But saying it to a girl’s face? That’s where sexes differ. Guys who are brazen enough to do it know they face retribution. You get either tears AND the embarrassment of knowing that everyone around you thinks you’re an awful human being or you get murderous rage and the reason why that saying “Hell hath no fury …” has lingered in our vernacular for so long.

Girls who say it to another girl’s face—they’re typically spoiling for the fight.

These are generalizations, of course, but as usual, I believe I’m right. Still, in figuring that my female audience could quickly rebuke or dismiss my line of reasoning, I asked my sister (because she’s a girl—not because of any implied topical connotation) if it’s worse for a girl to be called “bitch” in anger by a girl or guy. She confirmed my hypothesis:

“If we are talking about fighting, it is way worse to be called a bitch by a girl because it is a ‘go-to’ mean word for guys to use against girls. For girls, we have so many choices: bitch, slut, whore. But, the girl chose the one that has nothing to do with sex—now she is implying that I am mean AND ugly.”

And all female dogs cringe.

It’s a strange word, and attributing it to anybody is making a contentious move. But when Meredith Brooks released that word as a single just a few months after the jock muttered it about my former Spanish teacher, she gave women everywhere a reason to throw their hands up, hoot, holler and celebrate the fact that they are multi-faceted personalities with that “bitch” facet perched firmly at the top of the list.

In a way, the popularity of “Bitch” was not surprising. Angry women had already staked their claim in the pop culture landscape of the 1990s (either hilariously or sadly, there are people who still believe “Bitch” is an Alanis Morissette song), so it’s not as if Meredith came out of nowhere with her pointed self-assessment. Moreover, even while some radio stations put an alternate title of “Nothing in Between” on the single, “Bitch” didn’t really send censors into panic mode. Sure, getting the man to try to warn people about what you have to say would always help shift some units (there was a little thrill when you got that first CD or cassette with the parental advisory sticker, no?), but Meredith (unlike Trina) wasn’t proclaiming herself as a bitch who would list the perverse things she would do to you and then the horrific things she would do to your property if/when you broke up. She was simply saying, “Yes I am this. And I’m also a child. And I’m also a mother. And I’m also this and this and that and this and that and that and this.” Someone who can, for instance, oscillate freely between Gretsch and Fender guitars. I don’t seem to remember many people being offended by it. Maybe they were focusing all their efforts on Marilyn Manson? But as far as censors went, if VH1 was OK showing the title, they must have figured: “Why should we worry?” Such was life in the progressive late 1990s.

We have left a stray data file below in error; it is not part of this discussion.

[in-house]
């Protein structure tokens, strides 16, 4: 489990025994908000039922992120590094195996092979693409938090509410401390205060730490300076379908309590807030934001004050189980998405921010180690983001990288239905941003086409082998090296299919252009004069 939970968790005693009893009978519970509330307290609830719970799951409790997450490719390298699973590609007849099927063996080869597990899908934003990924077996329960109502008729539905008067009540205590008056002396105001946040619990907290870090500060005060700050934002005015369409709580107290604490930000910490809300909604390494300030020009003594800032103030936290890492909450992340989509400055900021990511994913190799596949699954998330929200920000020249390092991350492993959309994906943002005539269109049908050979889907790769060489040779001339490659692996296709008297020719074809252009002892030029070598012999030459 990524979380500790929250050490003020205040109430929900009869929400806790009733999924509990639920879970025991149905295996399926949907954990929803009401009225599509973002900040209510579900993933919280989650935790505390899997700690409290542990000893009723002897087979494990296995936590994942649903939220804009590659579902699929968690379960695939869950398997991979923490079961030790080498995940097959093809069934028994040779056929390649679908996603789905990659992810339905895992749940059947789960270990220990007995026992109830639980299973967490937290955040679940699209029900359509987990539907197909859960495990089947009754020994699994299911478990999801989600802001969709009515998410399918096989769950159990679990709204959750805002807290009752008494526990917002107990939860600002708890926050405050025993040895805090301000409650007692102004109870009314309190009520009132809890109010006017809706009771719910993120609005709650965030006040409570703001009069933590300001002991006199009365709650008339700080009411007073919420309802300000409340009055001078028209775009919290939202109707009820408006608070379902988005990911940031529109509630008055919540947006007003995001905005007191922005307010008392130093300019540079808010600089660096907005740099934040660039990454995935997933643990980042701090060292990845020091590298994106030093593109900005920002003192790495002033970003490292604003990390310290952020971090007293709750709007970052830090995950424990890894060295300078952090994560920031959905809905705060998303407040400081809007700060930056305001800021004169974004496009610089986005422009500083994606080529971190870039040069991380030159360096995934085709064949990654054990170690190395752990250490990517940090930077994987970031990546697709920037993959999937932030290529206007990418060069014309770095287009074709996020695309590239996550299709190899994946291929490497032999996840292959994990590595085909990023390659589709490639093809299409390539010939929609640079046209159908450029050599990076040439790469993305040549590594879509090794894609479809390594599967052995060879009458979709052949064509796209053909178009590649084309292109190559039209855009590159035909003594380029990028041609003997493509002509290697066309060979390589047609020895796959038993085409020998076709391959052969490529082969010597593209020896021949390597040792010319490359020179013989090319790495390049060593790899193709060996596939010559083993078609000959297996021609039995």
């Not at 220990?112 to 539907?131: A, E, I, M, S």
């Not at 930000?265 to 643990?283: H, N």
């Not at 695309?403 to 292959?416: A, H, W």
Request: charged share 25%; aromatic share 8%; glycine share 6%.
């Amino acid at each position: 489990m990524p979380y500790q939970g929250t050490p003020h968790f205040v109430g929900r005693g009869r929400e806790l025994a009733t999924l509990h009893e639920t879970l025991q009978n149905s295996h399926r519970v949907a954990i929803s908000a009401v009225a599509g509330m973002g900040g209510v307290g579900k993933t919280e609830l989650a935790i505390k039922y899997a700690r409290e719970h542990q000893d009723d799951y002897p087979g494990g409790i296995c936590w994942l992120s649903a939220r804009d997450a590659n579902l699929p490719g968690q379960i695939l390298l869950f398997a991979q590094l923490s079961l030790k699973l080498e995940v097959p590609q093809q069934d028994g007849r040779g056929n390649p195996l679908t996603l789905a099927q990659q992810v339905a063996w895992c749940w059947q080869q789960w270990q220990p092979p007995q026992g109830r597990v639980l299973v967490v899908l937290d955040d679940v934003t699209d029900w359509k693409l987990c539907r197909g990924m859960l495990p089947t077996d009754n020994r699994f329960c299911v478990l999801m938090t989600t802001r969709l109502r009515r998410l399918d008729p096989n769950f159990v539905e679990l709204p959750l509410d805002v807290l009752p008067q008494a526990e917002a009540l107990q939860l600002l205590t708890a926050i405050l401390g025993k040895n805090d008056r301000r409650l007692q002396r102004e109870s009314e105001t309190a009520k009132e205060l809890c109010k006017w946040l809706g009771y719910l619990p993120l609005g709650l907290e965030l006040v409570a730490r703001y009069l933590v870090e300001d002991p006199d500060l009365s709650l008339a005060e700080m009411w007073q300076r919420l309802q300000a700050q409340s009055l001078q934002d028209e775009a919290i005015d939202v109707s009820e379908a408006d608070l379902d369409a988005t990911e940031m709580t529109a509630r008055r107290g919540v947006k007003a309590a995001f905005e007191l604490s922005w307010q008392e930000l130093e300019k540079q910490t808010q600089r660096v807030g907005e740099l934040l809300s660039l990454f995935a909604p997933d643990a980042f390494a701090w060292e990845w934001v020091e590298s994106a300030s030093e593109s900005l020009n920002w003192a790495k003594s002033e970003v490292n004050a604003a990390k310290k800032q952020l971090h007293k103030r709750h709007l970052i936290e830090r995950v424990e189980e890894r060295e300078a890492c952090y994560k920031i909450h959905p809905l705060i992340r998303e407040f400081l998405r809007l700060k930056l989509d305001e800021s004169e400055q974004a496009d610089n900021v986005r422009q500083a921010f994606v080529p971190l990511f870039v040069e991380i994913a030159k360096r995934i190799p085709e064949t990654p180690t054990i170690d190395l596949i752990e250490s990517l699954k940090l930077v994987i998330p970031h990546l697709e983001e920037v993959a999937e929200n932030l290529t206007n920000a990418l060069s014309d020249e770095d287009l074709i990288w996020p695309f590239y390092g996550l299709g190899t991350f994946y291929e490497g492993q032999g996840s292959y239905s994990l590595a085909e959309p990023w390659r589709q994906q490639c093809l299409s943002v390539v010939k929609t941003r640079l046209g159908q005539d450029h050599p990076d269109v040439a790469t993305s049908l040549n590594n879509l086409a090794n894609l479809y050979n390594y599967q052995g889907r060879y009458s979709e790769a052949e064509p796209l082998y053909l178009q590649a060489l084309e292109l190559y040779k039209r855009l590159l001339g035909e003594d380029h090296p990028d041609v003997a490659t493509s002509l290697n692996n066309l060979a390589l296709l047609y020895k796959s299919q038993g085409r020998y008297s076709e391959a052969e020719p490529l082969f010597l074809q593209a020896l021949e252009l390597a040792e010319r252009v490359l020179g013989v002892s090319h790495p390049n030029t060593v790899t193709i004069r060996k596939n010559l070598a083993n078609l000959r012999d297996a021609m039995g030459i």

In another way, the popularity of “Bitch” was surprising, at least from a societal standpoint. You can argue that in a day and age when kids’ favorite artists were blowing their own heads off if not going down in a hail of gunfire, it might have been a little harder to shock teenagers of the 1990s than, maybe, teenagers of the 1970s. But even though “Bitch” didn’t terrify VH1 enough to let MTV take sole care of the video’s rotation, you have to admit that having a top 5 single with THAT title was edgy. Maybe even a little exciting.